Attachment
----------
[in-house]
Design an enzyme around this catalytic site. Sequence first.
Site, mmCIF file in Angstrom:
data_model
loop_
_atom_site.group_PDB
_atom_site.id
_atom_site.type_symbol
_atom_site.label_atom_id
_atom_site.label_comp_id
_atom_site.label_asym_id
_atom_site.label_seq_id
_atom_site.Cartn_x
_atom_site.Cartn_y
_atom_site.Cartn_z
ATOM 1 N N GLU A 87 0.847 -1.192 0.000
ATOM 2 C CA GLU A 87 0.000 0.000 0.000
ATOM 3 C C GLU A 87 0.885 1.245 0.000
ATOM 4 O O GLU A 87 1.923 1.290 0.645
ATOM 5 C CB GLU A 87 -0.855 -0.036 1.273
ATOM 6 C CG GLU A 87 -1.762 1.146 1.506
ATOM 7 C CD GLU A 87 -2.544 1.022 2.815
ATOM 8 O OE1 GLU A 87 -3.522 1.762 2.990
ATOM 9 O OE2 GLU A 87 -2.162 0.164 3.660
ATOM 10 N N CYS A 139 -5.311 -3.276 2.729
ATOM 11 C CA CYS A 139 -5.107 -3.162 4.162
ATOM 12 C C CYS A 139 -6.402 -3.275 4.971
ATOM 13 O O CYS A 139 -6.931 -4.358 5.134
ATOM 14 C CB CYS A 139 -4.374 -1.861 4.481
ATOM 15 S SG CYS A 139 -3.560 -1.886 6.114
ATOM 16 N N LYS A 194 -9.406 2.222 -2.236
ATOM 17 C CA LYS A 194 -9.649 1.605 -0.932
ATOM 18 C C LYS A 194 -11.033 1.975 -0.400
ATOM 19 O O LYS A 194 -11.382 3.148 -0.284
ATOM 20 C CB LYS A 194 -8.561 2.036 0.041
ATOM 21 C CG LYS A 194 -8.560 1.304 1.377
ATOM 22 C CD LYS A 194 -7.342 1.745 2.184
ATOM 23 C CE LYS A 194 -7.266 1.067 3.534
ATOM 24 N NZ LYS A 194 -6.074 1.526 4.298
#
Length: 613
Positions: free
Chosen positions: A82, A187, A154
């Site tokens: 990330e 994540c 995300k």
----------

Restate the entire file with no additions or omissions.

[in-house]
Design an enzyme around this catalytic site. Sequence first.
Site, mmCIF file in Angstrom:
data_model
loop_
_atom_site.group_PDB
_atom_site.id
_atom_site.type_symbol
_atom_site.label_atom_id
_atom_site.label_comp_id
_atom_site.label_asym_id
_atom_site.label_seq_id
_atom_site.Cartn_x
_atom_site.Cartn_y
_atom_site.Cartn_z
ATOM 1 N N GLU A 87 0.847 -1.192 0.000
ATOM 2 C CA GLU A 87 0.000 0.000 0.000
ATOM 3 C C GLU A 87 0.885 1.245 0.000
ATOM 4 O O GLU A 87 1.923 1.290 0.645
ATOM 5 C CB GLU A 87 -0.855 -0.036 1.273
ATOM 6 C CG GLU A 87 -1.762 1.146 1.506
ATOM 7 C CD GLU A 87 -2.544 1.022 2.815
ATOM 8 O OE1 GLU A 87 -3.522 1.762 2.990
ATOM 9 O OE2 GLU A 87 -2.162 0.164 3.660
ATOM 10 N N CYS A 139 -5.311 -3.276 2.729
ATOM 11 C CA CYS A 139 -5.107 -3.162 4.162
ATOM 12 C C CYS A 139 -6.402 -3.275 4.971
ATOM 13 O O CYS A 139 -6.931 -4.358 5.134
ATOM 14 C CB CYS A 139 -4.374 -1.861 4.481
ATOM 15 S SG CYS A 139 -3.560 -1.886 6.114
ATOM 16 N N LYS A 194 -9.406 2.222 -2.236
ATOM 17 C CA LYS A 194 -9.649 1.605 -0.932
ATOM 18 C C LYS A 194 -11.033 1.975 -0.400
ATOM 19 O O LYS A 194 -11.382 3.148 -0.284
ATOM 20 C CB LYS A 194 -8.561 2.036 0.041
ATOM 21 C CG LYS A 194 -8.560 1.304 1.377
ATOM 22 C CD LYS A 194 -7.342 1.745 2.184
ATOM 23 C CE LYS A 194 -7.266 1.067 3.534
ATOM 24 N NZ LYS A 194 -6.074 1.526 4.298
#
Length: 613
Positions: free
Chosen positions: A82, A187, A154
């Site tokens: 990330e 994540c 995300k």